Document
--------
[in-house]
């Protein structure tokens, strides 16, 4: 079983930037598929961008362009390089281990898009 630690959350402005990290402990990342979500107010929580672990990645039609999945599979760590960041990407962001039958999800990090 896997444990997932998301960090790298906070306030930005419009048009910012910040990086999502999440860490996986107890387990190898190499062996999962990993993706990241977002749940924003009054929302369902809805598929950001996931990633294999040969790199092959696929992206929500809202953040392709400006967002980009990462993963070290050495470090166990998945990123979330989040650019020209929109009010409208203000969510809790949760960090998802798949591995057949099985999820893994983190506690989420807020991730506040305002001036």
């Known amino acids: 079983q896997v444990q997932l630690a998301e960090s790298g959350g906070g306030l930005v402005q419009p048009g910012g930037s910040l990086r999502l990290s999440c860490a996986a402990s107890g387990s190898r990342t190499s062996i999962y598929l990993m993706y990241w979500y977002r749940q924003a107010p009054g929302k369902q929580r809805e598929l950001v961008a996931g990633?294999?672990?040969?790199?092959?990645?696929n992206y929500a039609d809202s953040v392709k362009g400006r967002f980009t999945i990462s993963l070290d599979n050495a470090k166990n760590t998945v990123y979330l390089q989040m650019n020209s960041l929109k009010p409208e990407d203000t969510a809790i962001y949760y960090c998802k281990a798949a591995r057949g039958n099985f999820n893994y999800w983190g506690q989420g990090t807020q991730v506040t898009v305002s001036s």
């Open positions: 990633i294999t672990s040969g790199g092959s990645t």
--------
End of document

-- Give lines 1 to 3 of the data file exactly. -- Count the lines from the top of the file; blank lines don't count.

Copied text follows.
[in-house]
């Protein structure tokens, strides 16, 4: 079983930037598929961008362009390089281990898009 630690959350402005990290402990990342979500107010929580672990990645039609999945599979760590960041990407962001039958999800990090 896997444990997932998301960090790298906070306030930005419009048009910012910040990086999502999440860490996986107890387990190898190499062996999962990993993706990241977002749940924003009054929302369902809805598929950001996931990633294999040969790199092959696929992206929500809202953040392709400006967002980009990462993963070290050495470090166990998945990123979330989040650019020209929109009010409208203000969510809790949760960090998802798949591995057949099985999820893994983190506690989420807020991730506040305002001036």
């Known amino acids: 079983q896997v444990q997932l630690a998301e960090s790298g959350g906070g306030l930005v402005q419009p048009g910012g930037s910040l990086r999502l990290s999440c860490a996986a402990s107890g387990s190898r990342t190499s062996i999962y598929l990993m993706y990241w979500y977002r749940q924003a107010p009054g929302k369902q929580r809805e598929l950001v961008a996931g990633?294999?672990?040969?790199?092959?990645?696929n992206y929500a039609d809202s953040v392709k362009g400006r967002f980009t999945i990462s993963l070290d599979n050495a470090k166990n760590t998945v990123y979330l390089q989040m650019n020209s960041l929109k009010p409208e990407d203000t969510a809790i962001y949760y960090c998802k281990a798949a591995r057949g039958n099985f999820n893994y999800w983190g506690q989420g990090t807020q991730v506040t898009v305002s001036s």